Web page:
What I'm trying to do is have this embedded into a hollow table, then I can use it to feed into a couple outlets elsewhere in the table to power a few things, like a low power computer and a printer.
If I understand your question, the answer is no. Or, yes, you "can". But no, you should not use a hollow table as the electrical enclosure for a home-made power strip unless the table was actually designed to be an electrical enclosure.
Instead you should buy ready-made boxes that do what you want. If you want to have power outlets embedded in a table, there are a lot of ready-made modules to do that. Search for "recessed table outlets" "recessed conference outlets" and so on. Some of them pop up in cute ways. Some of them have built in USB charging. Most of them have built-in power cords under the table presumably because that is cheaper than using an IEC connector and avoids the risk of users kicking the cable out. But some do have female IEC connectors instead so you can use separate power cords. Some of them can be daisy chained so you can install recessed outlets in different parts of a large table, while having only one power cord connecting the table to the wall or floor. That sounds like what you want to do, but a lot safer.
If you use daisy-chained ones perhaps you could route the double-insulated cables between them through your hollow table. Again, a more ready-made way to do this would be to install a $2 plastic channel under the table, or just use staples.
All my links are the results from random searches, just for illustration. They may or may not be what you or anyone should use for your purpose.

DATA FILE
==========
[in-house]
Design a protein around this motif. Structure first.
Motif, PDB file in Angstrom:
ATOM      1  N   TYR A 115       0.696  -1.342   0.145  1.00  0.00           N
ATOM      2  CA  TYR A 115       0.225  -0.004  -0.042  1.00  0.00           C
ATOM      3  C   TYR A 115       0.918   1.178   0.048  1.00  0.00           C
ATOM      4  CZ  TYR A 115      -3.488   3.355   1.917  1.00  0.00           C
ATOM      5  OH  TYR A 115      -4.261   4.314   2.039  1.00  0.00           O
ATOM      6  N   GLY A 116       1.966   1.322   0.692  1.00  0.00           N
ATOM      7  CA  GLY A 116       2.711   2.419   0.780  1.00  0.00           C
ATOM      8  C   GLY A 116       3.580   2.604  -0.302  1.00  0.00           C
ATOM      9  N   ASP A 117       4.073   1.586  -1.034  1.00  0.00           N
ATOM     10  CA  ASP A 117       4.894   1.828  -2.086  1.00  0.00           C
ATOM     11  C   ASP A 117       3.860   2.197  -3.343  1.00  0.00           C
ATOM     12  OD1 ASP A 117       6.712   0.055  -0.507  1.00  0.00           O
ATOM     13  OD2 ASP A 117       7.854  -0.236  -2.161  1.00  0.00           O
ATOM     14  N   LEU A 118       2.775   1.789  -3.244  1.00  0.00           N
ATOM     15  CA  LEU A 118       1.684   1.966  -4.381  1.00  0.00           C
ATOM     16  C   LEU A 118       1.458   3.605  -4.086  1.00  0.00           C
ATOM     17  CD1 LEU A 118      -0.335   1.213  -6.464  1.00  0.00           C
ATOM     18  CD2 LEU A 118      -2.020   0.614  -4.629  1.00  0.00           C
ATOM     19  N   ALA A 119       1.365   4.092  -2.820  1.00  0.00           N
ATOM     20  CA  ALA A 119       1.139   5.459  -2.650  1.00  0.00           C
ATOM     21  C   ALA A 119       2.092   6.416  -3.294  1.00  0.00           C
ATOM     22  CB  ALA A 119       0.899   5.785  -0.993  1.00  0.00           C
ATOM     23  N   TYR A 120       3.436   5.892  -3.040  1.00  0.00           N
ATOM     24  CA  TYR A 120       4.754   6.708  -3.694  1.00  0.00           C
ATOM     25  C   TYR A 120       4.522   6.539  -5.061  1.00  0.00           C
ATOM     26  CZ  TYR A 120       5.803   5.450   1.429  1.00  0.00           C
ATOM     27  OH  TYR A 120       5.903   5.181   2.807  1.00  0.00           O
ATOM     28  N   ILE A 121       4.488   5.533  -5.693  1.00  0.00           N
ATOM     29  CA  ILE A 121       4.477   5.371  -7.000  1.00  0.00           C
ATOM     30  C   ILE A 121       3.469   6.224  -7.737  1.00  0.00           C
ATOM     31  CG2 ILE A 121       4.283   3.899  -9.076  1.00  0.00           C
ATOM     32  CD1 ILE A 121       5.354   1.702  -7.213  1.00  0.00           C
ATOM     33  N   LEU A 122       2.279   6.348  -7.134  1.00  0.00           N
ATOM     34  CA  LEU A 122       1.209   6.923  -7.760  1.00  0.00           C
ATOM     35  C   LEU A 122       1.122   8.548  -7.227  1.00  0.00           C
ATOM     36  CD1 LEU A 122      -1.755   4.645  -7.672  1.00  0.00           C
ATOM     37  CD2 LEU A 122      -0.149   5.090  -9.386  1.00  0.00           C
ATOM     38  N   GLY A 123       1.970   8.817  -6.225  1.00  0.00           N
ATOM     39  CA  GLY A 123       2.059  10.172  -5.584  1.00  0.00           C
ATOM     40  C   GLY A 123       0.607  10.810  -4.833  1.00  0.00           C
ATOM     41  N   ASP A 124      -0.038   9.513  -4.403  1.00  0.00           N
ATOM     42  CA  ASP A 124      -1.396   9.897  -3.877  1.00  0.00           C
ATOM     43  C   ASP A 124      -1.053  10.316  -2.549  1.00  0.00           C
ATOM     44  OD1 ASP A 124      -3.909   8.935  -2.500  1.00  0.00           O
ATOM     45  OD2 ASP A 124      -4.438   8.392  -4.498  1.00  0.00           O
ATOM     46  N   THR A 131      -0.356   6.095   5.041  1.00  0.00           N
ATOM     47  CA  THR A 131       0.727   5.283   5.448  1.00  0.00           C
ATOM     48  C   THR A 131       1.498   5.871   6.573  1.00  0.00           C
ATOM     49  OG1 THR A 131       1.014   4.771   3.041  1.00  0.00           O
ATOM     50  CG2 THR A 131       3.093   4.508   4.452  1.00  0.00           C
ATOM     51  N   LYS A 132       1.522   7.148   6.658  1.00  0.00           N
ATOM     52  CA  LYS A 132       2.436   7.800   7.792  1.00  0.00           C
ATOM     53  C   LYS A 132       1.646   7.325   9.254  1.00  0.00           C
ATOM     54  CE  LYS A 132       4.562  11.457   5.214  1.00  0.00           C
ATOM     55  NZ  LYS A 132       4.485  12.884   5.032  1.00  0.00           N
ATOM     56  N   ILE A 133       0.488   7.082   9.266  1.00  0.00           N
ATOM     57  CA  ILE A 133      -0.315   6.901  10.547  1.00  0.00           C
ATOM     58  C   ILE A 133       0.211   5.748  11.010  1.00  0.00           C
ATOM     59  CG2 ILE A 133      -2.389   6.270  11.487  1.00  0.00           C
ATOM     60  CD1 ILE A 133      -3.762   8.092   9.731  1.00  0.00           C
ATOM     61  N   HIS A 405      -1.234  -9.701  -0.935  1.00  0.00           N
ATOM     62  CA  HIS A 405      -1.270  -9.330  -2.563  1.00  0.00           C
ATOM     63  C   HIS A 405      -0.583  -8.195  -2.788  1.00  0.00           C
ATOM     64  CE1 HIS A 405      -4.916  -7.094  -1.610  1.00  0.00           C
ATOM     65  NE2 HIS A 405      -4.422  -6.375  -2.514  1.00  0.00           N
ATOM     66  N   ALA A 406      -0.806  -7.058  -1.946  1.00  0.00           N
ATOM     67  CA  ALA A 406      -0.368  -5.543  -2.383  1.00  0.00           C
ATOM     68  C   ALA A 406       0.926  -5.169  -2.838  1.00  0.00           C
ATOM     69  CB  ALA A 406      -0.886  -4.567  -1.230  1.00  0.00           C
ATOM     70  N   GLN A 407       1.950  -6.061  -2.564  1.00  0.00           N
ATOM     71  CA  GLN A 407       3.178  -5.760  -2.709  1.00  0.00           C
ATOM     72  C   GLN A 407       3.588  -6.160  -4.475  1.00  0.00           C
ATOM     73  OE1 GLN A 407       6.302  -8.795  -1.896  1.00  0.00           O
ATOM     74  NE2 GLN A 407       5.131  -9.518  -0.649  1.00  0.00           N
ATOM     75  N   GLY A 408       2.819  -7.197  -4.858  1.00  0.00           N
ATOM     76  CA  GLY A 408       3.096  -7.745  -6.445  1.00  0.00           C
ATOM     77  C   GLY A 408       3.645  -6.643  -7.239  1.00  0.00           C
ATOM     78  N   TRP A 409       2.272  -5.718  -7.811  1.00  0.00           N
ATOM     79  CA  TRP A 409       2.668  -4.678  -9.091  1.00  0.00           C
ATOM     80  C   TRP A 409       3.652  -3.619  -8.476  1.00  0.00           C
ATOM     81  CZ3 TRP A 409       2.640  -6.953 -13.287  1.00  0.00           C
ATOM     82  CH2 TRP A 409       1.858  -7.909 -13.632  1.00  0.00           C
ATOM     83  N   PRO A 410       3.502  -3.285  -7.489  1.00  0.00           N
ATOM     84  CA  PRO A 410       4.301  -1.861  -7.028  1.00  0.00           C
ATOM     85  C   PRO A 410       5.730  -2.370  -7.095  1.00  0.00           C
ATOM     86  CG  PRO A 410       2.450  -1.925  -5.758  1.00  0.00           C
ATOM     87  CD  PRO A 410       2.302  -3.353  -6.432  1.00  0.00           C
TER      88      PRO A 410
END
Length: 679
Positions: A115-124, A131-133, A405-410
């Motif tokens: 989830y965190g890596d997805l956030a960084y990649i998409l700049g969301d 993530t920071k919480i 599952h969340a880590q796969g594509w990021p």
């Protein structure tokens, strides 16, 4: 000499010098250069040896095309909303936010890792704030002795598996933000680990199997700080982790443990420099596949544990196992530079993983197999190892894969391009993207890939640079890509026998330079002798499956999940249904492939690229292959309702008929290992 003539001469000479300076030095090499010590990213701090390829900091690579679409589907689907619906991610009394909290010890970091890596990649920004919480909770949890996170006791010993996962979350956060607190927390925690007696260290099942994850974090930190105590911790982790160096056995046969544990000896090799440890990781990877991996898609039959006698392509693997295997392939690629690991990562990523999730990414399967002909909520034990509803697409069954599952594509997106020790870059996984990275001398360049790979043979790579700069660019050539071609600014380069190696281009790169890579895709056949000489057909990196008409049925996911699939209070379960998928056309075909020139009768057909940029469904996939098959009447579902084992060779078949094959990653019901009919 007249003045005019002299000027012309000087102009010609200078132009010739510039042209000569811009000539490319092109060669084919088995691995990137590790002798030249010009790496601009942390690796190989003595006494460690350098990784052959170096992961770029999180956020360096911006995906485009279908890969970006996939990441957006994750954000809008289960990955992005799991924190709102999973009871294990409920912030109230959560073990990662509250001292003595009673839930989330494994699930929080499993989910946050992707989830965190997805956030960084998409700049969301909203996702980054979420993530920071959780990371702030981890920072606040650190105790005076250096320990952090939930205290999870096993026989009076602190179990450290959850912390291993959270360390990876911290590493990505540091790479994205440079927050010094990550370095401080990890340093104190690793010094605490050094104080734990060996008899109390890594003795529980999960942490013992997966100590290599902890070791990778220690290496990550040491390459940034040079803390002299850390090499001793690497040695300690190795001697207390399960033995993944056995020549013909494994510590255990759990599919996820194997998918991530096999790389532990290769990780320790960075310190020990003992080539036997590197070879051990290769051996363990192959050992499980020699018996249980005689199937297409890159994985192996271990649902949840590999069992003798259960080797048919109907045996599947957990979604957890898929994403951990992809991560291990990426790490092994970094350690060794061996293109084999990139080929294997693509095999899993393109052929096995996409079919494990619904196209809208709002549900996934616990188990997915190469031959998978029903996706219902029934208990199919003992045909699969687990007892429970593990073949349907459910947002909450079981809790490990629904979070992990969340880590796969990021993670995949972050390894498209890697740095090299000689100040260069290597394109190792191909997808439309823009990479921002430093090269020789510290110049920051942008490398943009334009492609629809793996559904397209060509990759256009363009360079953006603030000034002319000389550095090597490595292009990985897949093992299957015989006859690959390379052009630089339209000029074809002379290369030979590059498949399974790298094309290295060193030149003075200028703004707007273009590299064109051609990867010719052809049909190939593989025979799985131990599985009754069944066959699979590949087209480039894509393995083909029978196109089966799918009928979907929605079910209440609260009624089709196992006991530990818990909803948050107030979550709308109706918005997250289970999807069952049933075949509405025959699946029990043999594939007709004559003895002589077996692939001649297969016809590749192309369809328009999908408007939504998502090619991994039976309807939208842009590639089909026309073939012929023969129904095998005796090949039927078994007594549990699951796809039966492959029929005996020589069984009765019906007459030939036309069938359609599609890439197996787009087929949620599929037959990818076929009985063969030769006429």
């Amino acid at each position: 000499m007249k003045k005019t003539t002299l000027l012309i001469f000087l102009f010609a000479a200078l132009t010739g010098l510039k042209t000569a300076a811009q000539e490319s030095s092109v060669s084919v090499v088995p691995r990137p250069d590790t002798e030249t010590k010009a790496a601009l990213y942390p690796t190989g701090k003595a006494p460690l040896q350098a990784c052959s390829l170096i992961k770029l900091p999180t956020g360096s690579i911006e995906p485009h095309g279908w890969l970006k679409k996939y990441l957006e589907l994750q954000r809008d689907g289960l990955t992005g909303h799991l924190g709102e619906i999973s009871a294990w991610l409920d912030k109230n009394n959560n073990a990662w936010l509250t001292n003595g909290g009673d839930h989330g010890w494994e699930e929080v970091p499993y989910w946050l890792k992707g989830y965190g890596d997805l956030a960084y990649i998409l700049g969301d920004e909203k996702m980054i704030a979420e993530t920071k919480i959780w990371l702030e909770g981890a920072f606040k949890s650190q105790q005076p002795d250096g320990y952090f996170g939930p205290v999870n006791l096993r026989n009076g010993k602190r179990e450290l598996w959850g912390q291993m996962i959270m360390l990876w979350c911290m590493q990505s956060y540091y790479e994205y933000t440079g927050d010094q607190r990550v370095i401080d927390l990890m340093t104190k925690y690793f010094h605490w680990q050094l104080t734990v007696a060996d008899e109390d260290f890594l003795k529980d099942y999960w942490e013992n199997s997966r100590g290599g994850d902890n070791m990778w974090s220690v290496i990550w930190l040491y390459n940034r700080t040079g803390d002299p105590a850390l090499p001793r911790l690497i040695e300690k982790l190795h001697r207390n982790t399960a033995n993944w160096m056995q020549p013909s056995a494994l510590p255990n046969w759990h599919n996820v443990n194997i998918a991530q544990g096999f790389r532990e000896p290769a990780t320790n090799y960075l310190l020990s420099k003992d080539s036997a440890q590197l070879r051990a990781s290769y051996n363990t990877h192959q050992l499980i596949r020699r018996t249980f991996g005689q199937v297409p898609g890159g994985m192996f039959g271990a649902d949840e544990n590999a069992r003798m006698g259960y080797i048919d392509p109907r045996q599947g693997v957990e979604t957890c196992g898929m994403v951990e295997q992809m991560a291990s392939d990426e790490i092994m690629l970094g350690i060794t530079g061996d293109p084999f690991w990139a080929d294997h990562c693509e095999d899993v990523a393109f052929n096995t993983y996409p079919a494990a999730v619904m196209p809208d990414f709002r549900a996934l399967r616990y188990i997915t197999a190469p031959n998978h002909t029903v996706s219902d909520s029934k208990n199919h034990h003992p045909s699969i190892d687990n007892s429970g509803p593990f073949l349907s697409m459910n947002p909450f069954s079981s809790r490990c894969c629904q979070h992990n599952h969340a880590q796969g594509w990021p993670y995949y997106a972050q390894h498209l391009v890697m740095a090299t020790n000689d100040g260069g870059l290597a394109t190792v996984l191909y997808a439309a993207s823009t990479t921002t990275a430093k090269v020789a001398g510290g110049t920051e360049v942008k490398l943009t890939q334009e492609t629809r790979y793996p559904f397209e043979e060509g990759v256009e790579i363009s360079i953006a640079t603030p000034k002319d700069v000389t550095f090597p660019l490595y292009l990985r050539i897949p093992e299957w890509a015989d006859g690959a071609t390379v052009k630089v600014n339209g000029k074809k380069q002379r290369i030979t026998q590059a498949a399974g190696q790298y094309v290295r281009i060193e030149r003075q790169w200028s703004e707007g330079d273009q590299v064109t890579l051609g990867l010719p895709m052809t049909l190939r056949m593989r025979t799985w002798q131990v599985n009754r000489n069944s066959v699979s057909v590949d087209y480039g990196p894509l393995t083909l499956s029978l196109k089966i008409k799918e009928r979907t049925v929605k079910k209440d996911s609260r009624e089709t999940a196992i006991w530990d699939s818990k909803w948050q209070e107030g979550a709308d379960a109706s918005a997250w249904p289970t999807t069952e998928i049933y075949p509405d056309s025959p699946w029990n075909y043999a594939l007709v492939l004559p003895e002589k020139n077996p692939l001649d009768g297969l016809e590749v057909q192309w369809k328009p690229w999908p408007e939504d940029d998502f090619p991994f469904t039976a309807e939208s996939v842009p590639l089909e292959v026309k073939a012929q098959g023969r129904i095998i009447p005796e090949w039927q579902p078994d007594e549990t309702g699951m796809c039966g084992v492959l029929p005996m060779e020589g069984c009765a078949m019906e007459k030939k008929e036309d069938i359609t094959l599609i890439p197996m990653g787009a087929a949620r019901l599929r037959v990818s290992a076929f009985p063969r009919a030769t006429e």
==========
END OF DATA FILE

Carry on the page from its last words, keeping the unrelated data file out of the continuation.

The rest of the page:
The NEC doesn't regulate devices but wiring & wiring methods for structures. This is a case if all components are UL approved components are used and wiring methods yes you could create a “power strip” of sorts with multiple receptacles.
This would be much like building a home made lamp using listed components it is legal but you can not sell them in the US without being approved by a 3rd party vendor. If the components are not rated for 20 amps it would be smart to incorporate a overcurrent protection device to prevent a fire. Make sure all points are finger safe or you can not get shocked when it is plugged into the wall.
Complete power strips that take a 10A IEC input (on a cable extension or directly), have mounting flanges and optionally also come with IEC outputs are readily available - though they are not available much in super cheap, low quality versions, since their main use is in datacenter and industrial control 19" racks. Search for "PDU". Most of these incorporate a fuse or breaker to make sure that the input connection is not loaded above its rated ampacity.
Also, for 13A/16A circuits, there is a larger version of the well known IEC C13/C14 system, C19/C20.